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What is implicit and explicit implementation of interfaces? In which scenario it uses? why its need ? in dot net

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possible duplicate of stackoverflow.com/questions/143405/… –  derek Aug 30 '10 at 11:44

2 Answers 2

up vote 1 down vote accepted

Implicit implementation is when you implement the interface member without specifying the interface name at the same time.

public interface IFoo 
{
    void Bar();
}

public class ClassA : IFoo 
{
    //this is implicit
    public void Bar() 
    {

    }
}

public class ClassB : IFoo 
{
    //this is explicit:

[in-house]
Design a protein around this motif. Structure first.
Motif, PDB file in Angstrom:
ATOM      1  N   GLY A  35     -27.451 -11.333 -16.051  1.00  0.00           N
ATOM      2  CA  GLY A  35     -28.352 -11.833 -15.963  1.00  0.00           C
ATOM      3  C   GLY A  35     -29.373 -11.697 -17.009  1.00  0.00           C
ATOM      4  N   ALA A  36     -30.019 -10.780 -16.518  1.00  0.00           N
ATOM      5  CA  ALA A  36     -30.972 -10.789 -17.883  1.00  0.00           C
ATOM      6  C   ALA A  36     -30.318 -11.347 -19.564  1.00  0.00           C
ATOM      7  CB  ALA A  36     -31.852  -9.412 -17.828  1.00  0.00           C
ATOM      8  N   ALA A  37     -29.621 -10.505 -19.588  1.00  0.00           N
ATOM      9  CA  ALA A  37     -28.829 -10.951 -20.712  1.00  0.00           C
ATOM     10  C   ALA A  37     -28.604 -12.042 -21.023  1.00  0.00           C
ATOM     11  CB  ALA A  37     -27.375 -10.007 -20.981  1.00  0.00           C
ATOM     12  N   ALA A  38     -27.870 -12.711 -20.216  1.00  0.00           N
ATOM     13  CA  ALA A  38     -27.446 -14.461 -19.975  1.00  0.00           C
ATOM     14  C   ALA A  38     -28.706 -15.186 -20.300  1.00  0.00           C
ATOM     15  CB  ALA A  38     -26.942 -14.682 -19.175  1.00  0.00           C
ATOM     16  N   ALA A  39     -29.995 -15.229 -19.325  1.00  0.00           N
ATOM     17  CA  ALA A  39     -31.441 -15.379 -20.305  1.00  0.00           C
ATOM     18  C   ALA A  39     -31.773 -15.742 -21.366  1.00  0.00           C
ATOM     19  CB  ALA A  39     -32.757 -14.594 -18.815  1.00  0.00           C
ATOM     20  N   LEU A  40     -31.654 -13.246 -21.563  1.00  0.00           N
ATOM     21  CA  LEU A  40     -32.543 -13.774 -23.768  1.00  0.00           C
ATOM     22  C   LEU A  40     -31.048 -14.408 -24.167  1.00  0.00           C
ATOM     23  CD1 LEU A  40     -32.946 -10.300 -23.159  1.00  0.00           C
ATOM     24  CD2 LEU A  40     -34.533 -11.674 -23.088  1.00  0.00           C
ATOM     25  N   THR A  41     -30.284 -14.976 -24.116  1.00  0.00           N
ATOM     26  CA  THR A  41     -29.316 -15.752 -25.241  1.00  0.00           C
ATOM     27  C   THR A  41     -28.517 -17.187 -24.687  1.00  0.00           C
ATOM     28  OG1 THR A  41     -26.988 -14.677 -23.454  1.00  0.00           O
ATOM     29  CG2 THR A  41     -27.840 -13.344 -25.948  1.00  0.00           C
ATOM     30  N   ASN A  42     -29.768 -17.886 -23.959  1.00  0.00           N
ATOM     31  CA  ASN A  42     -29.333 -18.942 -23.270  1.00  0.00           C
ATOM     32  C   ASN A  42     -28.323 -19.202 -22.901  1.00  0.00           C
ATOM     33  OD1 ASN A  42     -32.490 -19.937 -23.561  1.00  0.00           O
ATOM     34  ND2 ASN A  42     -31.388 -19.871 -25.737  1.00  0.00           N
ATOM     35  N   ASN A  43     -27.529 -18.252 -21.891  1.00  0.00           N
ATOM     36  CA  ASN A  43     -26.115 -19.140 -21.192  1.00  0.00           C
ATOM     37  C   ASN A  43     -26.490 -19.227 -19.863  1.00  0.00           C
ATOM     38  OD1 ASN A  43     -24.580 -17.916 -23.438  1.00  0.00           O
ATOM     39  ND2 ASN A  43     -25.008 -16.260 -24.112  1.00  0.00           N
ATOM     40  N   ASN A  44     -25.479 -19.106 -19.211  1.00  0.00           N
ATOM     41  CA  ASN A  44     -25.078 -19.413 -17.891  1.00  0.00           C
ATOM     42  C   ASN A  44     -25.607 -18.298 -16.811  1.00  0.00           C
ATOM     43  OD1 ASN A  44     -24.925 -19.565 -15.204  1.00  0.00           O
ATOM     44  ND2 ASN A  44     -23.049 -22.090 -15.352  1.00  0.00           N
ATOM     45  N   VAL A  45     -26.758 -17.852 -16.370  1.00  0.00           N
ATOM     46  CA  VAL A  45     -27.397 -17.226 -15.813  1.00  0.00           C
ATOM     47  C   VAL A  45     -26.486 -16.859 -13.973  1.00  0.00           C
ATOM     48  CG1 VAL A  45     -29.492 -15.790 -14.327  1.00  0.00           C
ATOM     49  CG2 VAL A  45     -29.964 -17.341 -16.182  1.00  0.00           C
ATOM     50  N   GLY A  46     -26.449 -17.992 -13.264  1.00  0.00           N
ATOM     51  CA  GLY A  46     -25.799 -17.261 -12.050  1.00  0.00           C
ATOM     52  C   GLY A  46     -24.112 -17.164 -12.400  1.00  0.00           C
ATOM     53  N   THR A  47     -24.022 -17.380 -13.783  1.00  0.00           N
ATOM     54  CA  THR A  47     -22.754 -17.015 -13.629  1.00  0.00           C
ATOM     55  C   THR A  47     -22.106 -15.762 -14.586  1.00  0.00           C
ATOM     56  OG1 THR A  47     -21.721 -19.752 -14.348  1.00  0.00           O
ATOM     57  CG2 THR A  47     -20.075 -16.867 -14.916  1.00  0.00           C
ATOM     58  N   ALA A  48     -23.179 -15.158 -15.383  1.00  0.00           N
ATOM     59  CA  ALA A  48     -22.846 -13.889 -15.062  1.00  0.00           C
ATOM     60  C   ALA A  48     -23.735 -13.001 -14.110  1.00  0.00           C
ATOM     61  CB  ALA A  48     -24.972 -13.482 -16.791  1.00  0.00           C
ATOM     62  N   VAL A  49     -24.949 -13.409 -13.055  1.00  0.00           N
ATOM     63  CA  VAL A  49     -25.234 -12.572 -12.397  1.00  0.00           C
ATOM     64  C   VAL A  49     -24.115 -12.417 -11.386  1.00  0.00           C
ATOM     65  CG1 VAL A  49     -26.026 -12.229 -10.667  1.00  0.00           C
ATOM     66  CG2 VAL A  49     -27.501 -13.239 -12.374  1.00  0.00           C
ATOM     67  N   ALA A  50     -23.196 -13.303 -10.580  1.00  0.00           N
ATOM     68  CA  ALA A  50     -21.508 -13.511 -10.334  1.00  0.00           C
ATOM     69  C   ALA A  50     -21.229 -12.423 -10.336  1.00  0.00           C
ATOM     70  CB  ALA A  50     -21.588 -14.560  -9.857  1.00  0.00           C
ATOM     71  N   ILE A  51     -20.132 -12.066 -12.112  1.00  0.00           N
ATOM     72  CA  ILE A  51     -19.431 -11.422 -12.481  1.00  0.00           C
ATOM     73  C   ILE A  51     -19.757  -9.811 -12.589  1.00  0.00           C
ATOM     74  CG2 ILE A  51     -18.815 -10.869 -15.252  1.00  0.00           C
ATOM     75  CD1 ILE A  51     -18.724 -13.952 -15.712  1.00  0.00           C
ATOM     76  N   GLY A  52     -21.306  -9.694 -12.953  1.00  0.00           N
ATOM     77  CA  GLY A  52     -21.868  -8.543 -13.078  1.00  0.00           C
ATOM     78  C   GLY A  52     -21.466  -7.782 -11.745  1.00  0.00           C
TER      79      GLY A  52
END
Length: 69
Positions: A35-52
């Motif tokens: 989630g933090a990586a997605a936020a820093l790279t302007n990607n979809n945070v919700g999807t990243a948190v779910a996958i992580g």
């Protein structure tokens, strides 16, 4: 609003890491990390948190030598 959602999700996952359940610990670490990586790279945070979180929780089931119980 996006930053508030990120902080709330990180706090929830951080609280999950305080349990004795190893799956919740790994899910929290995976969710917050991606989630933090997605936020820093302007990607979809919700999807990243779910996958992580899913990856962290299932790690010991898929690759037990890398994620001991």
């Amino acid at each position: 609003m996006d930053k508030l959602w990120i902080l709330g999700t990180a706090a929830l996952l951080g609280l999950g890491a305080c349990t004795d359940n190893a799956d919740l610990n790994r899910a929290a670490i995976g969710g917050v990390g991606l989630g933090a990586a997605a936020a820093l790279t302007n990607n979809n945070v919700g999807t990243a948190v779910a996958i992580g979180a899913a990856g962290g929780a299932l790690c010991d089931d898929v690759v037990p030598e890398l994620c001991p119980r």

void IFoo.Bar()
    {

    }
}

You need explicit implementation when you implement two (or more) interfaces that have a function/property with the same name and signature. In this case the compiler needs to be specifically told which implementation belongs to which interface.

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in the explicit implementation, you use both the name of the interface and the name of the method you're implementing . It allows you to use several methods with the same name in your class (for instance if the class implements several interfaces)

public interface I
{
  void A();
}

public class myClass: I
{
  public void I.A()
  {
    // do some stuff
  }
}

read this aricle, it explains quite clearly why you could need explicit implementation: http://blogs.msdn.com/b/mhop/archive/2006/12/12/implicit-and-explicit-interface-implementations.aspx

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